Auglýst eftir umsóknum fyrir „Climbing Invisible Structures“

Verkefnið Climbing Invisible Structures byggir á dvöl gestavinnustofum og sýningarröð. Það er skipulagt af Nida Art Colony of Vilnius Academy of Arts (NAC) (Litháen), í samstarfi við Office for Contemporary Art Norway, Nordic Artists’ Centre Dale (Noregi),  Skaftfell – myndlistarmiðstöð Austurlands (Ísland) og Ars Communis Residency Centre YO-YO (Litháen). Sýningarstjórar eru Eglė Mikalajūnė og Samir M’kadmi.

Auglýst er eftir umsóknum frá íslenskum listamönnum, umsóknarfrestur rennur út 24. maí, 2015.

Þátttakendum er boðin dvöl í gestavinnustofum í Nida eða YO-YO í tvo mánuði og framleiðslustyrk fyrir nýju verki, allt að 2.800 evrur. Tímbil dvalar er annað hvort ágúst-september eða október-nóvember 2015. Einnig þurfa listamenn að taka þátt í málþingi sem fer fram í lok september 2015. Sýningarröðin fer fram í byrjun árs 2016. Með þátttöku fylgir ferðastyrkur fyrir öllum ferðakostnaði og þóknun, 2.400 evrur.


According to the French philosopher Michel Foucault, disciplinary practices can be both symbolic and instrumental in shaping, producing and reproducing behaviour and identity. Many of these practices are ritualised, in the sense that they can be described as series of persuasive or coercive actions, intended to impress specific patterns of behaviour on individuals or groups. Ritualised disciplinary practices are instrumental in learning, and in the production of knowledge. Rituals (both religious and secular) can be observed in a wide range of contexts, from everyday life to public ceremonies, in judiciary and cultural institutions, artistic events and performances. Anthropologists have pointed out that rituals are not only inherited static traditions; they are subject to change, and they can also be creative. New rituals can be generated for relational and convivial purposes, or as part and instruments of the new cultural and creative industries. E-learning, social media and streaming services have affected some of our most familiar rituals, and have created new ones. The notion of ritual itself encloses the creative power of rites of passage. It invokes border crossing and processes of transformation. The transition from one order to another, from a stage in which everything is in its appropriate place to a new one, doesn’t happen without conflict and improvisation. The adept has to cross a threshold to enter a transitional stage, in which social life is stretched between the virtual idea of absolute order and absolute chaos and anarchy. The anthropologist Victor Turner viewed this phase as a stepping from a structured social state into an anti-structure, into a liminal space of exclusion, uncertainty and ambiguity. He described ritual as a kind of culturally established pretend play, an imaginary space in which transformative processes are acted out. Turner argued that beyond rituals, anti-structural processes are necessary for all cultural creativity. In literary, post-colonial and cultural studies, the concept of liminality and Turner’s theory of anti-structure resonate with the idea of being in the borderland, on the threshold of discrete territory, identities and discourses.


The artists-in-residency will be commissioned to produce new works, which will be presented to the public in exhibitions held in Lithuania and Norway. There will be three exhibitions in Lithuania: one in Vilnius (venue to be announced) in January 2016, one in the new NAC exhibition hall in Nida in February 2016, and one at the Ars Communis Residency Centre YO-YO in Žeimiai in March 2016. The final exhibition will be held in Oslo (venue to be announced) in April 2016.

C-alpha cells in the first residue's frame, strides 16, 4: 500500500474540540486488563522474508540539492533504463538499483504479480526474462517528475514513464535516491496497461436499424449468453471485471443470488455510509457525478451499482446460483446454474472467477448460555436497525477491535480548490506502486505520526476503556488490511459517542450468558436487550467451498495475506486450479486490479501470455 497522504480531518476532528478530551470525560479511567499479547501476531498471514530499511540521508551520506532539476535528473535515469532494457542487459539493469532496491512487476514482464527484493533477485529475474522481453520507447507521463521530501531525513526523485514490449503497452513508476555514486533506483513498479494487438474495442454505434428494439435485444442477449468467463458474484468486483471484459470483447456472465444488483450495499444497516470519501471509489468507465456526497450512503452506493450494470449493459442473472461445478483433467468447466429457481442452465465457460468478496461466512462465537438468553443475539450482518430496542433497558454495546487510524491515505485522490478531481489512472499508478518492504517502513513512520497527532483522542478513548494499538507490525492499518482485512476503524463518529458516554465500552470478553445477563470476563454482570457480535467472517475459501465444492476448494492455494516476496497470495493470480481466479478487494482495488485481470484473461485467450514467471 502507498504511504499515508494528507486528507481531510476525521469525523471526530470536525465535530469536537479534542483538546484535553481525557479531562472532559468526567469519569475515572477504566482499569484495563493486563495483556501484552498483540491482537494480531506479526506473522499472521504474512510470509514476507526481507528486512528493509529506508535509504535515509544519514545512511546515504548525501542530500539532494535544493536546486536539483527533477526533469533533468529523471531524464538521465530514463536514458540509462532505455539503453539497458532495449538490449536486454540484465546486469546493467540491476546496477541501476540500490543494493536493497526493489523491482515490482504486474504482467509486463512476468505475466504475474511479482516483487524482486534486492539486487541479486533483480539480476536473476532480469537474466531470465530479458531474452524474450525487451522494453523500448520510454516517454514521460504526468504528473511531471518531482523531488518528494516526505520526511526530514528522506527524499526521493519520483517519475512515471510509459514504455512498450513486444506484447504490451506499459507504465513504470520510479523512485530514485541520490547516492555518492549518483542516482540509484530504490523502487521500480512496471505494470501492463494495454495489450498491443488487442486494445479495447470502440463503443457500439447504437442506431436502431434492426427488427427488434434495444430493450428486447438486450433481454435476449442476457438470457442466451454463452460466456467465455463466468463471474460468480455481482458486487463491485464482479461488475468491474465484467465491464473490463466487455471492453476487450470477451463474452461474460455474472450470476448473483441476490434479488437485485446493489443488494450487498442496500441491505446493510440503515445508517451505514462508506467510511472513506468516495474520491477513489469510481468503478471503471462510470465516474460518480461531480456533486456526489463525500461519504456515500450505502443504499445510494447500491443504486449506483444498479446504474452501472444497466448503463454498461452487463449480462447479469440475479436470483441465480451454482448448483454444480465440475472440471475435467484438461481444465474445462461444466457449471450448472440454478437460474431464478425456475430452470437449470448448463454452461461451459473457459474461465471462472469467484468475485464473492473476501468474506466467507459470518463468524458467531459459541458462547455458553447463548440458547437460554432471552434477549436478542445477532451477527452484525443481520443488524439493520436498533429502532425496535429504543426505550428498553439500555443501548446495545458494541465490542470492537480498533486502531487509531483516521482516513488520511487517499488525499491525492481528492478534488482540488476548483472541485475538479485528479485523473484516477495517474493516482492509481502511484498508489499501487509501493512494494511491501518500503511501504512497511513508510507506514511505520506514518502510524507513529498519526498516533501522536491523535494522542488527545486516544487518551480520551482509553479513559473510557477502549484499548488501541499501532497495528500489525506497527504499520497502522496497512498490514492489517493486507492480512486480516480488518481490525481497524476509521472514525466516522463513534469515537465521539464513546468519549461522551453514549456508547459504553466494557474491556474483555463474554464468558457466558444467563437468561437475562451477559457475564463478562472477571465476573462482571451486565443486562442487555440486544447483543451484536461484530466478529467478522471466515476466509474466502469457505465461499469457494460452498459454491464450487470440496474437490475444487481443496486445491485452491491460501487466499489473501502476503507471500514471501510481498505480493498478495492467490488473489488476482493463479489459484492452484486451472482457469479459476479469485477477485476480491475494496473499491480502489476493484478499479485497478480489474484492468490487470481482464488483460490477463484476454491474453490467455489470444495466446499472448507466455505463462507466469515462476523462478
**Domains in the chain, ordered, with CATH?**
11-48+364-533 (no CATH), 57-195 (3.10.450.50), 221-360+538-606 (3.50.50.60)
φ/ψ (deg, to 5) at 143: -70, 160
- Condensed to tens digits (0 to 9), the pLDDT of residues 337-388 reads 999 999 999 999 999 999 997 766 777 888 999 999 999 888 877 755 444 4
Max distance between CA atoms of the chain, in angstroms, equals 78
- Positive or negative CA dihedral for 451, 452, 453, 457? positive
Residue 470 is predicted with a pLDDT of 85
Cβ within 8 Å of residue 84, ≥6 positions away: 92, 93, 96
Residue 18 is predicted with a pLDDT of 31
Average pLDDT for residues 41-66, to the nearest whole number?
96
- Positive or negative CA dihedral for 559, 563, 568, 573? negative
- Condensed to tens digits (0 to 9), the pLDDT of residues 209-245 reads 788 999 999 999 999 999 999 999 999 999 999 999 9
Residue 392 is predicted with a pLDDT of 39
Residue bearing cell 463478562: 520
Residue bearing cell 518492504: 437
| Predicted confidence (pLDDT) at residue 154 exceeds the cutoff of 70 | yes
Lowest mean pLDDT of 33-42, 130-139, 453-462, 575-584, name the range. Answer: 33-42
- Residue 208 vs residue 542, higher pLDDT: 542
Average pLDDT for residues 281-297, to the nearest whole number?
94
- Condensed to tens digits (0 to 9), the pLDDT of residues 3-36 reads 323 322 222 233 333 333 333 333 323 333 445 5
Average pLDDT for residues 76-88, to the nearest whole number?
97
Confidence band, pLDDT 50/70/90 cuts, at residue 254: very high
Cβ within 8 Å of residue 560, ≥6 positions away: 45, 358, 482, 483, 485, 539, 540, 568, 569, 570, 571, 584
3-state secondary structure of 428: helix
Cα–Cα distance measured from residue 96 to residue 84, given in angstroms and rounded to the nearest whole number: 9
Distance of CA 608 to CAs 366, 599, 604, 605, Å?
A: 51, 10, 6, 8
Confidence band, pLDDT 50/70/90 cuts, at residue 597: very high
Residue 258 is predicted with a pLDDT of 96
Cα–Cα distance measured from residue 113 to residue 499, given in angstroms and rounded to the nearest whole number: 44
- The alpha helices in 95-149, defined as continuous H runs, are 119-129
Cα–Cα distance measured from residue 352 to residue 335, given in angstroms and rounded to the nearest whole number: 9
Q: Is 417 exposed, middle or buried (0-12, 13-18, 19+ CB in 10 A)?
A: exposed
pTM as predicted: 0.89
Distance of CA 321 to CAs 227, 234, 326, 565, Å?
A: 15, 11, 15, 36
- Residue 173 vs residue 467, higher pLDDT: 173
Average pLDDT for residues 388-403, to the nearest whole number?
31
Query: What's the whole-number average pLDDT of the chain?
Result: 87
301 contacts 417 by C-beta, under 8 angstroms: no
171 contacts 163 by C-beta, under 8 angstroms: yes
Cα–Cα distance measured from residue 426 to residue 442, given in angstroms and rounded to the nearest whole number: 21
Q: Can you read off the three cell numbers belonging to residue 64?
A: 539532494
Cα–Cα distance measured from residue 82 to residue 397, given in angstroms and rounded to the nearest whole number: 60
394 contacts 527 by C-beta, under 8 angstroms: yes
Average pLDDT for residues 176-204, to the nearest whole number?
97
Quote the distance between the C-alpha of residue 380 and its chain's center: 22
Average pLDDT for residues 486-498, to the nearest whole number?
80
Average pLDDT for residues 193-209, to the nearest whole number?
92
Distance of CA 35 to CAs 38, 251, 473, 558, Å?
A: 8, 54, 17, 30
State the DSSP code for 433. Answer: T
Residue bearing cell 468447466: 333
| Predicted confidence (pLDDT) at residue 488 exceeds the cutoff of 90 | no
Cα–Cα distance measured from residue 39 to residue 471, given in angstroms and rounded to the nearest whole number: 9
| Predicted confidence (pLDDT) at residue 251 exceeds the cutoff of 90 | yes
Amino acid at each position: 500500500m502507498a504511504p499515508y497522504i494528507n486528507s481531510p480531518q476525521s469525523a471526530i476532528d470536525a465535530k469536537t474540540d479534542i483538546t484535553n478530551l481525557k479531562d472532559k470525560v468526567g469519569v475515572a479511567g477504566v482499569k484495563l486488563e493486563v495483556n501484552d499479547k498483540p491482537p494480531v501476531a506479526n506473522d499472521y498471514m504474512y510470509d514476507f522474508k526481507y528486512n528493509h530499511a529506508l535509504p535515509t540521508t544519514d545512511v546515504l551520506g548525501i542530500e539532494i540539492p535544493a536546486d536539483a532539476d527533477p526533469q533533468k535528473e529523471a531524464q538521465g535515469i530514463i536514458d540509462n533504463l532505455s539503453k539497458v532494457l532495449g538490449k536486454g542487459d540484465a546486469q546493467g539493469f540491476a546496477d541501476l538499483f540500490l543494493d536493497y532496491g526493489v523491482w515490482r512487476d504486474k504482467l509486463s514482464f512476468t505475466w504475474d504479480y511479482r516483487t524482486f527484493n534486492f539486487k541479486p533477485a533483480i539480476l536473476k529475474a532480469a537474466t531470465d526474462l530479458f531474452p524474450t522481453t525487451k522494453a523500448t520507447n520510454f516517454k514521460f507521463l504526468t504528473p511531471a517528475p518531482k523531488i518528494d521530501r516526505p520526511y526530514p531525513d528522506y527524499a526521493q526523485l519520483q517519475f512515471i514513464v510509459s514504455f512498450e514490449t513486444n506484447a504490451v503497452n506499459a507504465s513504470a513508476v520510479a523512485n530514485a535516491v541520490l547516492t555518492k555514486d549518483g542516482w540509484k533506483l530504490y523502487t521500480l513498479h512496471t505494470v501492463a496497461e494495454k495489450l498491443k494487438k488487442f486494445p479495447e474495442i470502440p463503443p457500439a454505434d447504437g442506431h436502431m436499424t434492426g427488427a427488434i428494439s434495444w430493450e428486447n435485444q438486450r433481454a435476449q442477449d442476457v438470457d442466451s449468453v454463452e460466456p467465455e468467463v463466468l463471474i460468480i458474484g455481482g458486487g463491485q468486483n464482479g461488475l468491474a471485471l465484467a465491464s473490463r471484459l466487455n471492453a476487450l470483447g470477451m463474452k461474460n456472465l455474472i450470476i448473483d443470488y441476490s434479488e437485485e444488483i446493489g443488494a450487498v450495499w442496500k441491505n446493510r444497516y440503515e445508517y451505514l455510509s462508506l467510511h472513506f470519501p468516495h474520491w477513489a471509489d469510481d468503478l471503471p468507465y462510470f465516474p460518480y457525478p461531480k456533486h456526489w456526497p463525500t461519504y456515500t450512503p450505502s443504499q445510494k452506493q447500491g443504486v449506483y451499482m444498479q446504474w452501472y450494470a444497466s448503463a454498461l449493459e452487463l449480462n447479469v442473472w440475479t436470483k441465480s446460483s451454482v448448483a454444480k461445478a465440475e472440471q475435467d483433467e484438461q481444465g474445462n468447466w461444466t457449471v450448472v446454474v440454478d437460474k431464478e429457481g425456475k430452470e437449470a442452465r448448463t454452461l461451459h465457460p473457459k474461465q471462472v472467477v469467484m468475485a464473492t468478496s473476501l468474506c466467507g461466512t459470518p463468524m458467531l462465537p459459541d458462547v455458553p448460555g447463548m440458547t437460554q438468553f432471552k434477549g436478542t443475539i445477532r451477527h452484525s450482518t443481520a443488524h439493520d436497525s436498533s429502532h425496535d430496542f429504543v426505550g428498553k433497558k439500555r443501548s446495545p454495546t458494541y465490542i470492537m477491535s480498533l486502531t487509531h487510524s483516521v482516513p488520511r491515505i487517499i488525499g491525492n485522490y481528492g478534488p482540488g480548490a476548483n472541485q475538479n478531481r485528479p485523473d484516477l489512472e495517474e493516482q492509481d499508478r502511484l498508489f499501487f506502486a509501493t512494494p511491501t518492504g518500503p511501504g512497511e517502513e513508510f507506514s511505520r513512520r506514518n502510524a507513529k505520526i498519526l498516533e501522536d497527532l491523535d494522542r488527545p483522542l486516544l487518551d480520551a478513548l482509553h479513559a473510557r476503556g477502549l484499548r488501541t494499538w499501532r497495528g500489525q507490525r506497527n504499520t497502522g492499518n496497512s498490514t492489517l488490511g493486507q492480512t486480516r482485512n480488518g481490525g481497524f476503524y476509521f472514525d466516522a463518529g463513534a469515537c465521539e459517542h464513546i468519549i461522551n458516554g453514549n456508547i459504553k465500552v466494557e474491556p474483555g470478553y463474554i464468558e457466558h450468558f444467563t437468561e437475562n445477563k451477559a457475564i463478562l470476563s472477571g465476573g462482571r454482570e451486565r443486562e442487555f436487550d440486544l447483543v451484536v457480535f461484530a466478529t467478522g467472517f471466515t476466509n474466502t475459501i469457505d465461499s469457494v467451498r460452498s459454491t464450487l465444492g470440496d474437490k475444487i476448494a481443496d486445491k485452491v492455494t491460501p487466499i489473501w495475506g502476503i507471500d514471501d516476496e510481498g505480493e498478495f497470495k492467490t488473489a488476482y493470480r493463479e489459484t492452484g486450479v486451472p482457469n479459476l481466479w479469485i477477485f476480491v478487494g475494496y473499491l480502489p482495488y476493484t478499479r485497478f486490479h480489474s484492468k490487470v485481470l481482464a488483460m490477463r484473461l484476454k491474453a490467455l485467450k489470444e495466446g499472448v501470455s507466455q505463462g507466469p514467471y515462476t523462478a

Eglė Mikalajūnė has worked as a curator at the National Gallery of Art (NGA) in Vilnius, Lithuania, since 2007. She has curated a number of Lithuanian and international art exhibitions, and contemporary art projects in Lithuania and abroad, including the interdisciplinary project Imagining the Absence (presented at The Forgotten Pioneer Movement, District, Berlin, 2014), the exhibitions About Neighbours and Passers-By. Documentations of Performances from the 1970s and 1980s (NGA, Vilnius, 2012), Monuments that Are Not. A Walk around Vilnius (NGA, Vilnius, 2011) and A Million and One Days (NGA, Vilnius, 2010). She publishes articles in the Lithuanian and the international press. She has lectured at Vilnius Academy of Art since 2011.

Samir M’kadmi is a Norwegian visual artist and an independent curator. He has organised, curated and contributed to numerous shows and events in Norway and abroad. He was the curator of Meeting Point [59°54’49”N – 10°43’44”E] (2005), in collaboration with Samira Jamouchi. The exhibition was shown at the Stenersen Museum, and tackled issues such as dictatorship, democracy, freedom of speech, identity, diversity, language, feminism, and postcolonial critique. In 2006, M’kadmi was elected head of the Norwegian national jury (2006 and 2007) with curatorial charge of Høstutstillingen, the largest annual exhibition in Norway.
M’kadmi was the curator of the nationwide touring exhibition Recycling the Looking Glass, Trash Art – Found Objects (2008-2010). The show featured many international artists, and was accompanied by a series of seminars on art and ecology. He is currently curator of the touring exhibition In The National Museum’s Blind Spot (2014-2016), which is coproduced by the Norwegian National Museum and the Office for Transnational Arts Production (TrAP).
M’kadmi has published several articles and catalogue essays. He has been a member of the editorial board of the Norwegian Art Review Billedkunst, and a member of the board of Norsk Form. He has led the expert committee for the visual arts and crafts at the Norwegian Art Council, and he is currently a board member of the Norwegian National Museum for Art, Architecture and Design.


Climbing Invisible Structures starts in August 2015, with ten two-month-long residencies hosted by the partner institutions.

There will be four residencies for artists from Lithuania: